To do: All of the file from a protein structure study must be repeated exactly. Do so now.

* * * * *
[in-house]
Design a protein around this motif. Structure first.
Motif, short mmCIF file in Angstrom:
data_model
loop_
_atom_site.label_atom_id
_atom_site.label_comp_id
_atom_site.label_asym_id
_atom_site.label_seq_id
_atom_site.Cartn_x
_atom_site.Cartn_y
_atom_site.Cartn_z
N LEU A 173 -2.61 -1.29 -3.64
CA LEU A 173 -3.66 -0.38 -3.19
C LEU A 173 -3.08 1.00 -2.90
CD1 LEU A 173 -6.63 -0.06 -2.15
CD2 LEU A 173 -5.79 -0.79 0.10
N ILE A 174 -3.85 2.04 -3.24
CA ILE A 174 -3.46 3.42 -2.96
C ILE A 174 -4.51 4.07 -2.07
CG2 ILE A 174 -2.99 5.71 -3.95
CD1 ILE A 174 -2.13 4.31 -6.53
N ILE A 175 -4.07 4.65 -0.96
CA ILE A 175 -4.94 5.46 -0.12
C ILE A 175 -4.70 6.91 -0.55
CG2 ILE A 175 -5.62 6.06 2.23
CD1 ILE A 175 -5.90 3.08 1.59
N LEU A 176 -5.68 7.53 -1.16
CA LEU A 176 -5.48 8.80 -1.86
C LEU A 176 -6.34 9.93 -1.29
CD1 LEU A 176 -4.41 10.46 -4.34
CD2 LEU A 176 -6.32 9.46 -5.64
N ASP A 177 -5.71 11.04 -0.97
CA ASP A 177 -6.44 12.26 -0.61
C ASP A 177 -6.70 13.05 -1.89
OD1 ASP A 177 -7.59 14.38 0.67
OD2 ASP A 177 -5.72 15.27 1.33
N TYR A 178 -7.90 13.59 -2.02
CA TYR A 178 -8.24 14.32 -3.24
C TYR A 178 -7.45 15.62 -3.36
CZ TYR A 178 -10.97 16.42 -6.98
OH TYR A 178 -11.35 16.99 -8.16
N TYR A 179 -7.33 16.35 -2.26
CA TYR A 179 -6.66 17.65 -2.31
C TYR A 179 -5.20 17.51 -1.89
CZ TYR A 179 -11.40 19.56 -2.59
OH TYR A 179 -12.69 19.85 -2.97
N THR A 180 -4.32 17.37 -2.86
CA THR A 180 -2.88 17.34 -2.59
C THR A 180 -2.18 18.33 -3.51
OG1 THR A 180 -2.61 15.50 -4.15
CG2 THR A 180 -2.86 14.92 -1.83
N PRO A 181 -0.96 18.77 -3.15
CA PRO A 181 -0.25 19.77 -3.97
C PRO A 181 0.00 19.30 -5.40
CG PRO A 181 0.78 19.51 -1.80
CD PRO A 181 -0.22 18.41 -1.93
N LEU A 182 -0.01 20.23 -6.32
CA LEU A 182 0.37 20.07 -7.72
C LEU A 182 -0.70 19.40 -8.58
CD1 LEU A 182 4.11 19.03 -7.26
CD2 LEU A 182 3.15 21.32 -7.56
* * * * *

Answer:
[in-house]
Design a protein around this motif. Structure first.
Motif, short mmCIF file in Angstrom:
data_model
loop_
_atom_site.label_atom_id
_atom_site.label_comp_id
_atom_site.label_asym_id
_atom_site.label_seq_id
_atom_site.Cartn_x
_atom_site.Cartn_y
_atom_site.Cartn_z
N LEU A 173 -2.61 -1.29 -3.64
CA LEU A 173 -3.66 -0.38 -3.19
C LEU A 173 -3.08 1.00 -2.90
CD1 LEU A 173 -6.63 -0.06 -2.15
CD2 LEU A 173 -5.79 -0.79 0.10
N ILE A 174 -3.85 2.04 -3.24
CA ILE A 174 -3.46 3.42 -2.96
C ILE A 174 -4.51 4.07 -2.07
CG2 ILE A 174 -2.99 5.71 -3.95
CD1 ILE A 174 -2.13 4.31 -6.53
N ILE A 175 -4.07 4.65 -0.96
CA ILE A 175 -4.94 5.46 -0.12
C ILE A 175 -4.70 6.91 -0.55
CG2 ILE A 175 -5.62 6.06 2.23
CD1 ILE A 175 -5.90 3.08 1.59
N LEU A 176 -5.68 7.53 -1.16
CA LEU A 176 -5.48 8.80 -1.86
C LEU A 176 -6.34 9.93 -1.29
CD1 LEU A 176 -4.41 10.46 -4.34
CD2 LEU A 176 -6.32 9.46 -5.64
N ASP A 177 -5.71 11.04 -0.97
CA ASP A 177 -6.44 12.26 -0.61
C ASP A 177 -6.70 13.05 -1.89
OD1 ASP A 177 -7.59 14.38 0.67
OD2 ASP A 177 -5.72 15.27 1.33
N TYR A 178 -7.90 13.59 -2.02
CA TYR A 178 -8.24 14.32 -3.24
C TYR A 178 -7.45 15.62 -3.36
CZ TYR A 178 -10.97 16.42 -6.98
OH TYR A 178 -11.35 16.99 -8.16
N TYR A 179 -7.33 16.35 -2.26
CA TYR A 179 -6.66 17.65 -2.31
C TYR A 179 -5.20 17.51 -1.89
CZ TYR A 179 -11.40 19.56 -2.59
OH TYR A 179 -12.69 19.85 -2.97
N THR A 180 -4.32 17.37 -2.86
CA THR A 180 -2.88 17.34 -2.59
C THR A 180 -2.18 18.33 -3.51
OG1 THR A 180 -2.61 15.50 -4.15
CG2 THR A 180 -2.86 14.92 -1.83
N PRO A 181 -0.96 18.77 -3.15
CA PRO A 181 -0.25 19.77 -3.97
C PRO A 181 0.00 19.30 -5.40
CG PRO A 181 0.78 19.51 -1.80
CD PRO A 181 -0.22 18.41 -1.93
N LEU A 182 -0.01 20.23 -6.32
CA LEU A 182 0.37 20.07 -7.72
C LEU A 182 -0.70 19.40 -8.58
CD1 LEU A 182 4.11 19.03 -7.26
CD2 LEU A 182 3.15 21.32 -7.56